Weaks as Jesse is magnetic from his opening monolog, where he first quotes Essex Hemphill, whose poetry will propel the play in profound ways. Weaks’s grace in motion and nuance of face and voice bring breathtaking shades of meaning and dimensions of feeling to the role. The dramaturgically assured directorial hand of Otis Ramsey-Zöe is especially evident in the clarity with which the performances illuminate how race inflects Jesse’s and Neil’s everyday life and in the fluency with which Rivers’s luminous language comes through.

Here, for instance, is a passage from a monologue in which Jesse explains with unabashed honesty why so many men he has been with have been white.

JESSIE: …maybe it’s that white men are allowed to be soft
That they’re encouraged by their mothers or their grandmothers or
whomever to be artistic
And self-aware
And maybe black men aren’t given that opportunity
(Not with the same frequency anyway)
Because maybe gentle gets you killed.
And maybe I’m attracted to that softness.

The physical interplay between Weaks and Schaefer’s characters is the sensual heartline of the play, its erotic epicenter, and is present throughout in Dane Figueroa Edidi’s exquisitely sensitive intimacy choreography. With Jesse and Neil’s every kiss, caress, and cuddle, we sense they have found with each other, for some brief and precious time, a trust and passion that might just might mitigate all that in the world would tear them apart. And when the action bursts out in actual choreography—as when Neil persuades Jesse to join him in the Twist, when Weaks breaks out in a gay bar “I Will Survive” number, and when Weaks stops the show dancing Jesse’s dream of a party with only black people—baby, the body electric gets sung.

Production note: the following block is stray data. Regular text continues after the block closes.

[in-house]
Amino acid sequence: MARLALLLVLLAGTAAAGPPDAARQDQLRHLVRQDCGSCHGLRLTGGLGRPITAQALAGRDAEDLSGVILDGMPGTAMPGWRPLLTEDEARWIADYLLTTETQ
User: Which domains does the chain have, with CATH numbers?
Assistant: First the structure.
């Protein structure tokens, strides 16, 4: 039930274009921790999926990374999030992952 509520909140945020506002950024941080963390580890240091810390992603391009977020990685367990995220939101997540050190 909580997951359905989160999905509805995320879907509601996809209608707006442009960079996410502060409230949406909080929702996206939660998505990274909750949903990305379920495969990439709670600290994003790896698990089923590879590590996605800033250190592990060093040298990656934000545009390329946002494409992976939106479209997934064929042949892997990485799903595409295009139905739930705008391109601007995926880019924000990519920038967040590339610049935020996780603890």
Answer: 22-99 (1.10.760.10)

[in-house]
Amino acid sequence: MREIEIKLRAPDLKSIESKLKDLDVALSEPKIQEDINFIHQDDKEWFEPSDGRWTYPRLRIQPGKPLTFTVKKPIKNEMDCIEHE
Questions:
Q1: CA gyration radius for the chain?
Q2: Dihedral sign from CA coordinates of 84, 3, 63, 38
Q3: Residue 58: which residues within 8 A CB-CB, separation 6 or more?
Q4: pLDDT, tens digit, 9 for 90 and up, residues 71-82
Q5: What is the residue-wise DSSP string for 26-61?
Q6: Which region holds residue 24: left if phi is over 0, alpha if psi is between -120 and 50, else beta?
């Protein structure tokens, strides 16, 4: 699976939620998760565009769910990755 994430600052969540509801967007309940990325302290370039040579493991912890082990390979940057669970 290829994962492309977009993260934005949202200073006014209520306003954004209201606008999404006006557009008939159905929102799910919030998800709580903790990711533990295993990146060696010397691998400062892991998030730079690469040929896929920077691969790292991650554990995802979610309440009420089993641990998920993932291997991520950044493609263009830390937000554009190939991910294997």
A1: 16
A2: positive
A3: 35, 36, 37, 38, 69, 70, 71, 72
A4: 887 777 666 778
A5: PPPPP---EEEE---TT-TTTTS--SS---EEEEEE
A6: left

Running Time: One hour 40 minutes, with no intermission.

This Bitter Earth plays through March 22, 2020, at Theater Alliance performing at Anacostia Playhouse – 2020 Shannon Place SE, in Washington, DC. Purchase tickets at the box office, or go online.

Director: Otis Ramsey-Zöe; Assistant Director: Vaughan Ryan Midder; Lighting Designer: John D. Alexander; Scenic Designer: Brian Gillick; Sound Designer: Justin Schmitz; Costume Designer: Brandee Mathies; Props Designer: Eric Swartz; Projections Designer: Nitsan Scharf; Intimacy Choreographer Dane Figueroa Edidi; Master Electrician: Elliott Shugoll; Scenic Artist: Leila Spolter; Assistant Scenic Artist: Megan Holden; Stage Manager: Thomas Nagata; Takeover Stage Manager: Ricky Ramón; Assistant Stage Manager: Genny Ceperley; Line Producer Aria Velz

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John Stoltenberg
John Stoltenberg is executive editor of DC Theater Arts. He writes both reviews and his Magic Time! column, which he named after that magical moment between life and art just before a show begins. In it, he explores how art makes sense of life—and vice versa—as he reflects on meanings that matter in the theater he sees. Decades ago, in college, John began writing, producing, directing, and acting in plays. He continued through grad school—earning an M.F.A. in theater arts from Columbia University School of the Arts—then lucked into a job as writer-in-residence and administrative director with the influential experimental theater company The Open Theatre, whose legendary artistic director was Joseph Chaikin. Meanwhile, his own plays were produced off-off-Broadway, and he won a New York State Arts Council grant to write plays. Then John’s life changed course: He turned to writing nonfiction essays, articles, and books and had a distinguished career as a magazine editor. But he kept going to the theater, the art form that for him has always been the most transcendent and transporting and best illuminates the acts and ethics that connect us. He tweets at @JohnStoltenberg. Member, American Theatre Critics Association.